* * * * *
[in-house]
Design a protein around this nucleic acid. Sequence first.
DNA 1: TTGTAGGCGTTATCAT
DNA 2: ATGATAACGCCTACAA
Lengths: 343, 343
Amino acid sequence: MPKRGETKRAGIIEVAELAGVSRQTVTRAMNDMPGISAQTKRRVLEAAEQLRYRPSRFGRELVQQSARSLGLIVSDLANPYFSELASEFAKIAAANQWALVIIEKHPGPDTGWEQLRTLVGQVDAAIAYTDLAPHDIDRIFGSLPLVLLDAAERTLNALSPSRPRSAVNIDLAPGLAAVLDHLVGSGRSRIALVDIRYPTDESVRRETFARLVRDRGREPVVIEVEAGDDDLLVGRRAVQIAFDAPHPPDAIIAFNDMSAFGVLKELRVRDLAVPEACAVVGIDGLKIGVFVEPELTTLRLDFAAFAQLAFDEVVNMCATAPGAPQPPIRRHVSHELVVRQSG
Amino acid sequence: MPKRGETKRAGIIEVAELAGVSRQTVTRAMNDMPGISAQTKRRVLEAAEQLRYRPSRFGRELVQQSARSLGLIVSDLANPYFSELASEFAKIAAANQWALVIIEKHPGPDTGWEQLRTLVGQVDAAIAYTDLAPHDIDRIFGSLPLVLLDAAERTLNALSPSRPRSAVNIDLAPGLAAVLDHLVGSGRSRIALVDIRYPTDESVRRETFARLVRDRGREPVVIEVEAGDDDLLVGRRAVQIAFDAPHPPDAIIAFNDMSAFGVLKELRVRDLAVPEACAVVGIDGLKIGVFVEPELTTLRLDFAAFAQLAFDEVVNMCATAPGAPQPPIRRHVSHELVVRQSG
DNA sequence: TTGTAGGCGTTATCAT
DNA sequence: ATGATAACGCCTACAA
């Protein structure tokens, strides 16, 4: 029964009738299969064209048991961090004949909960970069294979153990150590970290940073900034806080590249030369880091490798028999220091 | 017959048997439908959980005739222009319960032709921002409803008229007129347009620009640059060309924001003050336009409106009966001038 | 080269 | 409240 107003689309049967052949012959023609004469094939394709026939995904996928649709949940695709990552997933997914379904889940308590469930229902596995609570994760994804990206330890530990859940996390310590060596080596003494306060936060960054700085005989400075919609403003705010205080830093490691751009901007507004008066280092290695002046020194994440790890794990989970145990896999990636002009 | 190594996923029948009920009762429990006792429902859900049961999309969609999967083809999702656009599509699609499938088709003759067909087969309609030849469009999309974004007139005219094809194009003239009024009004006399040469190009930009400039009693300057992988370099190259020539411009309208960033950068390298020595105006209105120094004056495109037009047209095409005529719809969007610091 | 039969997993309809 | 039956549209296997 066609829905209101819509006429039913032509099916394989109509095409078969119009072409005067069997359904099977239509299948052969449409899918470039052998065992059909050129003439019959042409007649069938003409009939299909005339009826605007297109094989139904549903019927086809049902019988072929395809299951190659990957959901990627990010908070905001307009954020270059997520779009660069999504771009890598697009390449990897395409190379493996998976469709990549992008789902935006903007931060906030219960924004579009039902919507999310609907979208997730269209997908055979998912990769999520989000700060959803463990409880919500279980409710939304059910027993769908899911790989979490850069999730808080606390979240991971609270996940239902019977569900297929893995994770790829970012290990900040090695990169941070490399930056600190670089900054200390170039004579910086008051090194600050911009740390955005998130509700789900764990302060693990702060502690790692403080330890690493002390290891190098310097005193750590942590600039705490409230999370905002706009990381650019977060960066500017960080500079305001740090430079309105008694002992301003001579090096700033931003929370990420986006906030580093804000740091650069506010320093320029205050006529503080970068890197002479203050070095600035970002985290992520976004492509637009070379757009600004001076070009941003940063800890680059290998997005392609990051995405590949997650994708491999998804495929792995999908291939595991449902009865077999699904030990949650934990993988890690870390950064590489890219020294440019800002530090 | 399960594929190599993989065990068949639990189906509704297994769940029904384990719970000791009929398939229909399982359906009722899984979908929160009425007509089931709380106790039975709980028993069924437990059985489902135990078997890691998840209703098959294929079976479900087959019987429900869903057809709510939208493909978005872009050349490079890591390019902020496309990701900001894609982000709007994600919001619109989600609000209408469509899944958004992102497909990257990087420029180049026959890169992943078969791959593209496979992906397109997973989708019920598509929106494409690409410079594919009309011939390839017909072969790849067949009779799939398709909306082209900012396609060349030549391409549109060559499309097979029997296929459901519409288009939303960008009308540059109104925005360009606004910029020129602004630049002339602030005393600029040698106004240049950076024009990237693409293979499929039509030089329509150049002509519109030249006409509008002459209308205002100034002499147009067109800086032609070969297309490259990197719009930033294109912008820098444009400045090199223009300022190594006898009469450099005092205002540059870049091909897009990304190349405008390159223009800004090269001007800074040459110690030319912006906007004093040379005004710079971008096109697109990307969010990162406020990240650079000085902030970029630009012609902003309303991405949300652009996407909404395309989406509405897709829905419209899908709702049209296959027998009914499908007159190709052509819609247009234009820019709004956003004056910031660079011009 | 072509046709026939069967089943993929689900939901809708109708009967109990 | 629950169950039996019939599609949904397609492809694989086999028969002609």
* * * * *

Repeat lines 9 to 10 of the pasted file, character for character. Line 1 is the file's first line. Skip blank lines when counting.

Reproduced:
DNA sequence: ATGATAACGCCTACAA
């Protein structure tokens, strides 16, 4: 029964009738299969064209048991961090004949909960970069294979153990150590970290940073900034806080590249030369880091490798028999220091 | 017959048997439908959980005739222009319960032709921002409803008229007129347009620009640059060309924001003050336009409106009966001038 | 080269 | 409240 107003689309049967052949012959023609004469094939394709026939995904996928649709949940695709990552997933997914379904889940308590469930229902596995609570994760994804990206330890530990859940996390310590060596080596003494306060936060960054700085005989400075919609403003705010205080830093490691751009901007507004008066280092290695002046020194994440790890794990989970145990896999990636002009 | 190594996923029948009920009762429990006792429902859900049961999309969609999967083809999702656009599509699609499938088709003759067909087969309609030849469009999309974004007139005219094809194009003239009024009004006399040469190009930009400039009693300057992988370099190259020539411009309208960033950068390298020595105006209105120094004056495109037009047209095409005529719809969007610091 | 039969997993309809 | 039956549209296997 066609829905209101819509006429039913032509099916394989109509095409078969119009072409005067069997359904099977239509299948052969449409899918470039052998065992059909050129003439019959042409007649069938003409009939299909005339009826605007297109094989139904549903019927086809049902019988072929395809299951190659990957959901990627990010908070905001307009954020270059997520779009660069999504771009890598697009390449990897395409190379493996998976469709990549992008789902935006903007931060906030219960924004579009039902919507999310609907979208997730269209997908055979998912990769999520989000700060959803463990409880919500279980409710939304059910027993769908899911790989979490850069999730808080606390979240991971609270996940239902019977569900297929893995994770790829970012290990900040090695990169941070490399930056600190670089900054200390170039004579910086008051090194600050911009740390955005998130509700789900764990302060693990702060502690790692403080330890690493002390290891190098310097005193750590942590600039705490409230999370905002706009990381650019977060960066500017960080500079305001740090430079309105008694002992301003001579090096700033931003929370990420986006906030580093804000740091650069506010320093320029205050006529503080970068890197002479203050070095600035970002985290992520976004492509637009070379757009600004001076070009941003940063800890680059290998997005392609990051995405590949997650994708491999998804495929792995999908291939595991449902009865077999699904030990949650934990993988890690870390950064590489890219020294440019800002530090 | 399960594929190599993989065990068949639990189906509704297994769940029904384990719970000791009929398939229909399982359906009722899984979908929160009425007509089931709380106790039975709980028993069924437990059985489902135990078997890691998840209703098959294929079976479900087959019987429900869903057809709510939208493909978005872009050349490079890591390019902020496309990701900001894609982000709007994600919001619109989600609000209408469509899944958004992102497909990257990087420029180049026959890169992943078969791959593209496979992906397109997973989708019920598509929106494409690409410079594919009309011939390839017909072969790849067949009779799939398709909306082209900012396609060349030549391409549109060559499309097979029997296929459901519409288009939303960008009308540059109104925005360009606004910029020129602004630049002339602030005393600029040698106004240049950076024009990237693409293979499929039509030089329509150049002509519109030249006409509008002459209308205002100034002499147009067109800086032609070969297309490259990197719009930033294109912008820098444009400045090199223009300022190594006898009469450099005092205002540059870049091909897009990304190349405008390159223009800004090269001007800074040459110690030319912006906007004093040379005004710079971008096109697109990307969010990162406020990240650079000085902030970029630009012609902003309303991405949300652009996407909404395309989406509405897709829905419209899908709702049209296959027998009914499908007159190709052509819609247009234009820019709004956003004056910031660079011009 | 072509046709026939069967089943993929689900939901809708109708009967109990 | 629950169950039996019939599609949904397609492809694989086999028969002609």